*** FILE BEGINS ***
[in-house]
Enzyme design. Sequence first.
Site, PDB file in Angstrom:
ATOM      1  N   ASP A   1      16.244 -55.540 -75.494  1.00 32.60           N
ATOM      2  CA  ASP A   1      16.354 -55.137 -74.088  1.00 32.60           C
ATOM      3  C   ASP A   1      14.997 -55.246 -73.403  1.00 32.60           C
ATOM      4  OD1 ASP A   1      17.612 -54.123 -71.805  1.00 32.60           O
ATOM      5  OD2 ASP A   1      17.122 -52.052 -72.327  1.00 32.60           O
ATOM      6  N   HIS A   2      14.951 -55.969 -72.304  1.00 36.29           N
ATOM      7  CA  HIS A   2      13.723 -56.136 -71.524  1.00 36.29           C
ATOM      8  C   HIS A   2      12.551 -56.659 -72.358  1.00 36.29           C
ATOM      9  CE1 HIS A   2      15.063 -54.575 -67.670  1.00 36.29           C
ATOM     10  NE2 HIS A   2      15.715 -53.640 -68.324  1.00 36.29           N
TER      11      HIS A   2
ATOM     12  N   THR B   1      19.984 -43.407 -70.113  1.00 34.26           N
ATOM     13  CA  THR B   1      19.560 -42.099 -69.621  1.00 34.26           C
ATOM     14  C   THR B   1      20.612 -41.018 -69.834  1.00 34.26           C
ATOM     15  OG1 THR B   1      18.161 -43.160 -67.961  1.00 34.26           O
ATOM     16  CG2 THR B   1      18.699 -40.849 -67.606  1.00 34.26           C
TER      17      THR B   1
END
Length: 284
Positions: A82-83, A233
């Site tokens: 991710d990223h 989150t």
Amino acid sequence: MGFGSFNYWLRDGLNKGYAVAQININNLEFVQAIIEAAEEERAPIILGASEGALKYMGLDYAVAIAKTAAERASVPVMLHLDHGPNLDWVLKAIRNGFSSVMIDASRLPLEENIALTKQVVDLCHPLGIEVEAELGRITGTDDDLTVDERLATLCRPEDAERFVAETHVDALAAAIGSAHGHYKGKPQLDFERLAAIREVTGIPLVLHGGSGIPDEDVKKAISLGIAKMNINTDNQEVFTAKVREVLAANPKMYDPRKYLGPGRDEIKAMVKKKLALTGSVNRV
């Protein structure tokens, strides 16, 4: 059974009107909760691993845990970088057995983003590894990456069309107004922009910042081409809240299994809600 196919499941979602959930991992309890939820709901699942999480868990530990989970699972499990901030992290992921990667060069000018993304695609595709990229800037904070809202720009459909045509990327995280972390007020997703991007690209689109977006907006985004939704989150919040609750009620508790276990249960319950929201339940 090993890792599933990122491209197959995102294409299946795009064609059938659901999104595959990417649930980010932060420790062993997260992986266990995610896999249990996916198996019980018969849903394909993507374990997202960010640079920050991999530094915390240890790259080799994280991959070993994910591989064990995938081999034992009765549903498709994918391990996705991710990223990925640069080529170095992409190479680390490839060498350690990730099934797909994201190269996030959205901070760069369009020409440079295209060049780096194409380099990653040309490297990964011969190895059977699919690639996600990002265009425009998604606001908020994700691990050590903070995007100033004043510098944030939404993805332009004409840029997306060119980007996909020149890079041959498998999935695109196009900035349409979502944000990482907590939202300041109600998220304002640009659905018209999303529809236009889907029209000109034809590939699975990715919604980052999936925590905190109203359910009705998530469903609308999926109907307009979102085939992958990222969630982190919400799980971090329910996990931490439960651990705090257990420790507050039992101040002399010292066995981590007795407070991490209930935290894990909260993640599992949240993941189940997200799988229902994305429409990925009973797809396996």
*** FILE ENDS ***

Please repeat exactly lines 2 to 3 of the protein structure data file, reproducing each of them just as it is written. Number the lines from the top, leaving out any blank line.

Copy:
Enzyme design. Sequence first.
Site, PDB file in Angstrom: